Can You Get a DUI in a Boat Without a Large Motor?
This and other Wisconsin laws related to boating while intoxicatedBy Super Lawyers staff | Reviewed by Canaan Suitt, J.D. | Last updated on May 4, 2023
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Somehow a rumor has spread over the years among Wisconsin boaters that one cannot receive a DUI if they’re using a trolling motor as opposed to an inboard/outboard watercraft. Whether the thinking is related to the power of the motor or what powers the motor (battery versus gas), either way the rationale is incorrect.
“The simple truth is that, if it has a motor, you can’t operate it while intoxicated, period,” says Tracey A. Wood, a DUI attorney in Madison. “A trolling motor is still a motor, and in Wisconsin drunk driving law, anything with a motor—even a moped or scooter—you can’t operate while under the influence over a certain limit.”
The size of a boat’s engine is simply not a relevant factor—at least for the purposes of state DUI laws. Under Wisconsin law, you can be charged with boating under the influence (BUI) if you operate a motorboat while intoxicated. If your craft has a motor, it is covered by state law.
The Legal Limits and Field Sobriety Tests on a Boat
In Wisconsin, the blood alcohol concentration (BAC) limit is 0.08 in a car or boat. If your blood alcohol level is at or above 0.08, you can be arrested and charged with a boating while intoxicated offense. Please note that the maximum allowable blood alcohol content level is lower for the boat operators of commercial vessels. If you are operating a commercial motorboat in Wisconsin, you can be charged with a DUI if your BAC level is 0.04 or higher. If THC is detected after a blood test, that is also prohibited.
Despite being on the water, field sobriety tests are still conducted, Wood says. “What they usually do is have you come in their boat, and then bring you to shore to do the field sobriety tests there. I’ve also seen the horizontal gaze nystagmus (HGN) on the water, which I would challenge the validity of given the accuracy on water.”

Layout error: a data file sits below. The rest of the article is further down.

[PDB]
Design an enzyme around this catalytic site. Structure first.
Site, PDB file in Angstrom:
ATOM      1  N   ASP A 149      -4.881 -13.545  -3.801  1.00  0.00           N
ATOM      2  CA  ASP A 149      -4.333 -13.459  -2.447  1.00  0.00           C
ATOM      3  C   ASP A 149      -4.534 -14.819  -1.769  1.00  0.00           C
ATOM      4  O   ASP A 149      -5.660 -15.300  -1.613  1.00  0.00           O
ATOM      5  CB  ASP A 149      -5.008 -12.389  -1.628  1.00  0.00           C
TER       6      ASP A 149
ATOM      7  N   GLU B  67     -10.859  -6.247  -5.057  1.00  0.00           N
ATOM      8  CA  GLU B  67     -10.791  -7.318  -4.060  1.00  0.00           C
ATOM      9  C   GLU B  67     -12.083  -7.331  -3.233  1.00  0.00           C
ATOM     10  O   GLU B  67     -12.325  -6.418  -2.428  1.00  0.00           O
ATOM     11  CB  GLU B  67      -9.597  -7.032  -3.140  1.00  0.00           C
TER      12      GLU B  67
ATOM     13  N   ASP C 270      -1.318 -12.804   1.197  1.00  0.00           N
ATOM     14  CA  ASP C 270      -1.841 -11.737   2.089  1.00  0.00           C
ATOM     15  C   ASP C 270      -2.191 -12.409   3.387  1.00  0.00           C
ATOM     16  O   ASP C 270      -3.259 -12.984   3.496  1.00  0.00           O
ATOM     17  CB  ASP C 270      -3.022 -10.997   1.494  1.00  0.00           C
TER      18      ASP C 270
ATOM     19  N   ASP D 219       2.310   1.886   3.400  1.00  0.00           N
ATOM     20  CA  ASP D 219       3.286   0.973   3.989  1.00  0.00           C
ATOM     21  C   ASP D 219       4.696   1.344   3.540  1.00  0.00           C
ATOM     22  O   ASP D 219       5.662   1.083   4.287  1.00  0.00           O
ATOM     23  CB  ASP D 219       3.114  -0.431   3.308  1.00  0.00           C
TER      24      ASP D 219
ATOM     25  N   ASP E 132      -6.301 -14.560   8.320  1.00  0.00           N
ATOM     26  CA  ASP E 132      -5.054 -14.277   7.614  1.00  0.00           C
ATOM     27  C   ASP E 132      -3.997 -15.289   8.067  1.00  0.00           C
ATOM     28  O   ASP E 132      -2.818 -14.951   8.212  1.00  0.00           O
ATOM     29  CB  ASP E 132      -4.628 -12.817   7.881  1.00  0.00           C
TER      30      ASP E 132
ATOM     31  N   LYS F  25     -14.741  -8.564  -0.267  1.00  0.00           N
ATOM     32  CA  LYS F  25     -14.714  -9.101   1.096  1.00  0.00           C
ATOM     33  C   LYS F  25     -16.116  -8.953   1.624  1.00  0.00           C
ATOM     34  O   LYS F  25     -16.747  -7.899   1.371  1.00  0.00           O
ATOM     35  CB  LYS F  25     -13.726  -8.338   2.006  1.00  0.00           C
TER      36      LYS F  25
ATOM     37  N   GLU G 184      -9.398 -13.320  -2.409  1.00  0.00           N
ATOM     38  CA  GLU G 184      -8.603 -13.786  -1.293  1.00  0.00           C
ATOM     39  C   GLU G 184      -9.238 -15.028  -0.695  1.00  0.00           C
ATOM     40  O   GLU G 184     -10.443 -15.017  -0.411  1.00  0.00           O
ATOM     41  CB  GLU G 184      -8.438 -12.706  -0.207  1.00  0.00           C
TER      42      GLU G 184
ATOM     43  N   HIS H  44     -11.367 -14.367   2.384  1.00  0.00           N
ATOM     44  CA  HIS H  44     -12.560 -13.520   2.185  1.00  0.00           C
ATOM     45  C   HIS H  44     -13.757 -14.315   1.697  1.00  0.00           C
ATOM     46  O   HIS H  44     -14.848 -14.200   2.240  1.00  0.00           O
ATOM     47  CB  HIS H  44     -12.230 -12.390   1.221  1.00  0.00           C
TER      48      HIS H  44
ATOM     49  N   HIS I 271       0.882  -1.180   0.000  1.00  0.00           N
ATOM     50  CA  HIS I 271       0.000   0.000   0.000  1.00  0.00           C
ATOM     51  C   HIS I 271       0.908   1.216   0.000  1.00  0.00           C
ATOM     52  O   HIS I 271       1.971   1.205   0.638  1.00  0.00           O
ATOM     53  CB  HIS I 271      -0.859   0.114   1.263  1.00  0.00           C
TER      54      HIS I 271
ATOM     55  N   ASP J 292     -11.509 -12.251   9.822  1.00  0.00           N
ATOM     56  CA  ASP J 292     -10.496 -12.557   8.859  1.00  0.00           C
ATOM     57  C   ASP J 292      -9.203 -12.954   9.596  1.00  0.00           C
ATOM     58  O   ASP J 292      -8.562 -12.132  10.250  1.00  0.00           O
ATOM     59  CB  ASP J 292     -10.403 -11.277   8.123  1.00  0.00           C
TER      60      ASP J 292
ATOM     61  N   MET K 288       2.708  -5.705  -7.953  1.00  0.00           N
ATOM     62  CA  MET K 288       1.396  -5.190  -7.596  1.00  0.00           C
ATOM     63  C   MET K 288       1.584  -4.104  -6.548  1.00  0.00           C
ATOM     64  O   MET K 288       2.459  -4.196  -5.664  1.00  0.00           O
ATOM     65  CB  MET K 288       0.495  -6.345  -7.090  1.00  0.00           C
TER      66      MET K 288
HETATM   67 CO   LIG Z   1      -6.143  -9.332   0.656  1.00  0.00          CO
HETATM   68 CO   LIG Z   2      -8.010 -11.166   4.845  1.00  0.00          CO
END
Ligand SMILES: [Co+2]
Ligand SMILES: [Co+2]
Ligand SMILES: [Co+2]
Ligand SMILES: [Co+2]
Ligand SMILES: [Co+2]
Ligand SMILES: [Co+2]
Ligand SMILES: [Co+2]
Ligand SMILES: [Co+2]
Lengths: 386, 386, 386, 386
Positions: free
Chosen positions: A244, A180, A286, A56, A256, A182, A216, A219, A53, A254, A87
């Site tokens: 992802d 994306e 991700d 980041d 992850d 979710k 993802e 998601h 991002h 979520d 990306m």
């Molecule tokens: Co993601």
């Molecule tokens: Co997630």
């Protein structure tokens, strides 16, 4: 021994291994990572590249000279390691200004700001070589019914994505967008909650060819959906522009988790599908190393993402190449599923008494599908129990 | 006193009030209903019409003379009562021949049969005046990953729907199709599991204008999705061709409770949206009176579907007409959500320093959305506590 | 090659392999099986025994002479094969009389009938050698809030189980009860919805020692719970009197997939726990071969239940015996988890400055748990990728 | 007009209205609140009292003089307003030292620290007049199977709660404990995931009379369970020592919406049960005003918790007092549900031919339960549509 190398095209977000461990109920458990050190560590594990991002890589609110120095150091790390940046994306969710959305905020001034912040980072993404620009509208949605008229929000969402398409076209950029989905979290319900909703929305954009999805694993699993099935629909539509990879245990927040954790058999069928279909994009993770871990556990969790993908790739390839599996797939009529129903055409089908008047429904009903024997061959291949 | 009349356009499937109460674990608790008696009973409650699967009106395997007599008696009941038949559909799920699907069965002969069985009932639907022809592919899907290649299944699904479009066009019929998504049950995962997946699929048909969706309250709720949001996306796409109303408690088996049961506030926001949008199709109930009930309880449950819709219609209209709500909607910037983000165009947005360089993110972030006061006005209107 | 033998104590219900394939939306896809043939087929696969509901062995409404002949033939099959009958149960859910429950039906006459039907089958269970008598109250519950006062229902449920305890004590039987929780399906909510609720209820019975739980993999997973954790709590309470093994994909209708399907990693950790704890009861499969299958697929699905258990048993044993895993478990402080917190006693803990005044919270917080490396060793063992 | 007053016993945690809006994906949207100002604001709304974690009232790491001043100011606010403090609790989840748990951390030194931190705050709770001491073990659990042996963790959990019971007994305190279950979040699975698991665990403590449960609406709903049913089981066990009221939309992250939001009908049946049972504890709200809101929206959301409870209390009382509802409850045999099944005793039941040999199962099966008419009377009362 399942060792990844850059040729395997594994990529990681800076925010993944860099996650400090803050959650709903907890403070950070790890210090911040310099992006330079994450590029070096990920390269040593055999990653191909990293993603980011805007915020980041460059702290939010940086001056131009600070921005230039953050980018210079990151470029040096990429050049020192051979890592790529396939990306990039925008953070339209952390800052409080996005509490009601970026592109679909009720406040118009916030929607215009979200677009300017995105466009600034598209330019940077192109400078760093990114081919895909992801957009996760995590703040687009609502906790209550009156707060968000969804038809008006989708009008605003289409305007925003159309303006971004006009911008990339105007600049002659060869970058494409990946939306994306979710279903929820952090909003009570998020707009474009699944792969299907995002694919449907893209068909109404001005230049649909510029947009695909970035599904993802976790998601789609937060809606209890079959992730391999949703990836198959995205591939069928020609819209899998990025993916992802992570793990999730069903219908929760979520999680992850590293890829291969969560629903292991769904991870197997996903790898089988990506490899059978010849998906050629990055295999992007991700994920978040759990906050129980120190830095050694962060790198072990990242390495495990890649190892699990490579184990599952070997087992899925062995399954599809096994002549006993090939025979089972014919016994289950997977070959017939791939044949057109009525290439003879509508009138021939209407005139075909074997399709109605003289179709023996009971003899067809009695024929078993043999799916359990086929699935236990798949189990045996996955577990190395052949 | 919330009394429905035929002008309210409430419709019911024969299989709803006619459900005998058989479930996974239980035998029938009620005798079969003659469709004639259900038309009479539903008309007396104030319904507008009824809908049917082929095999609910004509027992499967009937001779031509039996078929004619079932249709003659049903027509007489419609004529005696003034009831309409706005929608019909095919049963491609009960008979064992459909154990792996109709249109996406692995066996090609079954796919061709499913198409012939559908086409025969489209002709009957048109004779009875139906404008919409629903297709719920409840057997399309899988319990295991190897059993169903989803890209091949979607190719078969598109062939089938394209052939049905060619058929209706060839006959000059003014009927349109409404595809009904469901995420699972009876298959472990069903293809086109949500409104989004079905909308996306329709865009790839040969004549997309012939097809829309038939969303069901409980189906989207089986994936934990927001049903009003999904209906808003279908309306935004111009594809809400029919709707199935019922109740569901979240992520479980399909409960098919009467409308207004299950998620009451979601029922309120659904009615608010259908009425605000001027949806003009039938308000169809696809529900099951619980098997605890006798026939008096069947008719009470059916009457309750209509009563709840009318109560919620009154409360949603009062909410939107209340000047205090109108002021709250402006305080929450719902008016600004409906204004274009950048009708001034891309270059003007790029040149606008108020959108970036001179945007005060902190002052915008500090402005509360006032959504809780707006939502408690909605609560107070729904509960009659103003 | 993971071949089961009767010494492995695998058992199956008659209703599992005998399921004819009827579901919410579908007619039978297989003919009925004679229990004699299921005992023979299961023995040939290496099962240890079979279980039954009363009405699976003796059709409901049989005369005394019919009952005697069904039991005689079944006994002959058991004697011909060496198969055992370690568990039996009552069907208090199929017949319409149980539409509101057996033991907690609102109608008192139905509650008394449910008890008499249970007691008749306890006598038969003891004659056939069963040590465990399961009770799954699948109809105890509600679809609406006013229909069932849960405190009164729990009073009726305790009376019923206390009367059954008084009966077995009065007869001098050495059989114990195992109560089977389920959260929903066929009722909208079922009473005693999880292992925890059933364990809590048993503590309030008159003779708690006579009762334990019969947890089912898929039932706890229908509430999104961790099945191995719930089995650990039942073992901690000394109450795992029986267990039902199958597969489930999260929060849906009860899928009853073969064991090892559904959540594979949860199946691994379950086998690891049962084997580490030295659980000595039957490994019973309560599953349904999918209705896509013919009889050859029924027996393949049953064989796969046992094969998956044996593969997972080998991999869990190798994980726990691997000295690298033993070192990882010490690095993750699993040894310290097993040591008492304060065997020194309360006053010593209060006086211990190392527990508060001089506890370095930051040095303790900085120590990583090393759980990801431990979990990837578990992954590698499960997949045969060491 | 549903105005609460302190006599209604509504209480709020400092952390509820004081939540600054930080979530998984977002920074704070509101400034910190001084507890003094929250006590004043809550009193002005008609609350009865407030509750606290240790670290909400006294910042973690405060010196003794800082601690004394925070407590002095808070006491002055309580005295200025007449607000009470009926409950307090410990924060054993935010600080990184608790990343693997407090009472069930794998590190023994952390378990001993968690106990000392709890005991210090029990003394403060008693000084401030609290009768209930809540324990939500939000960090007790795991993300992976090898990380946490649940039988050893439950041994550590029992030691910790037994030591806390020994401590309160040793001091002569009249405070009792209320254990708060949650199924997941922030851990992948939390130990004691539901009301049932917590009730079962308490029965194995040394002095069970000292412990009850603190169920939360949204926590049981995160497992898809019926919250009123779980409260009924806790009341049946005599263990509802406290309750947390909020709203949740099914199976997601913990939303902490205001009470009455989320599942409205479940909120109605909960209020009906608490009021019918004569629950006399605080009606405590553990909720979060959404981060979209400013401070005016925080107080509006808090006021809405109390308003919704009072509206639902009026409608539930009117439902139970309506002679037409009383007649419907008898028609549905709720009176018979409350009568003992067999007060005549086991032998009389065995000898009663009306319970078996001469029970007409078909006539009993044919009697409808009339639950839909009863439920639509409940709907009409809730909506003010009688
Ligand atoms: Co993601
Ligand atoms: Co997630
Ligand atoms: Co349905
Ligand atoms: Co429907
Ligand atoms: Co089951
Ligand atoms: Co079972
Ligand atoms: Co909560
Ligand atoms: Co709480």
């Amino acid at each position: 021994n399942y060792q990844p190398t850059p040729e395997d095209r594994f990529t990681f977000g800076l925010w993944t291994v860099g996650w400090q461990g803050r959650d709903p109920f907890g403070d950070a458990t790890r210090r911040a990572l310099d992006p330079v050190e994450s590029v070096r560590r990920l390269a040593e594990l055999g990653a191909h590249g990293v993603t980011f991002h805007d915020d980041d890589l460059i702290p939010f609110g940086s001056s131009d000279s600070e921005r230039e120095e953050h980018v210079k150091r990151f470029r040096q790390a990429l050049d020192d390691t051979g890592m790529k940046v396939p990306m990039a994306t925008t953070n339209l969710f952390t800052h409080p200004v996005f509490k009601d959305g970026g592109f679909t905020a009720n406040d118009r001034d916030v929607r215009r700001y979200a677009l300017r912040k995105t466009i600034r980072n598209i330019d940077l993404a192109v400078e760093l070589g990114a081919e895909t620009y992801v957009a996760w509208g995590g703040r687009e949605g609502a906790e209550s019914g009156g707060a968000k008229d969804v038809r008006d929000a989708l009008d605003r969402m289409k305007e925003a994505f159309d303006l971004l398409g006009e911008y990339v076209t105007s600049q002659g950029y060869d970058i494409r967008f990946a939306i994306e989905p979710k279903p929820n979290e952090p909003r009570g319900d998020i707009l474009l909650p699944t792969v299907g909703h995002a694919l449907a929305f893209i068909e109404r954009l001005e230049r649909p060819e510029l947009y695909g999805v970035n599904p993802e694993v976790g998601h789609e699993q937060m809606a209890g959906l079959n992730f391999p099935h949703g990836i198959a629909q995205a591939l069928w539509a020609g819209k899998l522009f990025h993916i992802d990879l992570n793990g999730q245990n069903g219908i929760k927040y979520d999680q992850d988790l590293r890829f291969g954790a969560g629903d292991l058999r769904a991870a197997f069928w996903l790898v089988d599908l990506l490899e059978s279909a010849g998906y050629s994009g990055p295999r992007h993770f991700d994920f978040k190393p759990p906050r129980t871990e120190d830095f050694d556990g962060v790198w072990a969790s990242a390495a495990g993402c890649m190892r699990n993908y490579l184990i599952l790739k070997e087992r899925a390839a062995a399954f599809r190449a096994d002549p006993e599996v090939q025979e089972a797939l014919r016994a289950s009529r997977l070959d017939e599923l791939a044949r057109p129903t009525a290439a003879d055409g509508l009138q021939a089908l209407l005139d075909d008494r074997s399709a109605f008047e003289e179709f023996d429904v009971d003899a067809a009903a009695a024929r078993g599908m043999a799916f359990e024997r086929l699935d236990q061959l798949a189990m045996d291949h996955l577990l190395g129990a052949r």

Every motorboat operator in Wisconsin has already given law enforcement the authorization to conduct a breath test or blood test. This is because Wisconsin has an implied consent law for boating. It is very similar to the state’s implied consent law for operating a motor vehicle in a public road. If you are arrested for a boating DUI and you refuse to provide a breath, blood, urine sample, you can be charged with a crime.
There is one way you can operate a boat without fear of a DUI, and that is by only using oars. “That would be like riding your bike. However, there’s always something you could be charged with if you endanger others or are exhibiting intoxication in public. So it’s not going to be a drunk driving arrest, but you could still be prosecuted,” Wood says.
“There’s actually a separate part of the boating intoxication law that you can’t even use water skis or an aquaplane while under the influence,” she continues. “I think the idea there is more for personal safety, but it’s also prohibited. So, basically, the safest thing is to not be operating drunk while out on the water.”
The Penalties for a Boating While Intoxicated
In Wisconsin, the severity of boating while intoxicated penalties will vary based on a number of different factors. Most notably, defendants will face a more severe punishment if they have already been convicted of a similar offense in the past.
“Boating law, weirdly, doesn’t affect your driver’s license,” Wood says. “It’s like a first offense drunk driving without the license part. However, second offense in boating law will carry jail time.”
There are consequences, depending on the number offense, that can prohibit you from using your boat. Further, if the intoxicated boater is deemed to have contributed to another person’s injury, they will face heightened penalties—potentially including prison time.
Defendants should be ready to take action to protect their rights. If you or your loved one was arrested and charged with drunk boating, you should contact an experienced Wisconsin DUI defense attorney right away. If you’d like more general information about BUI laws, see our DUI/DWI law overview.
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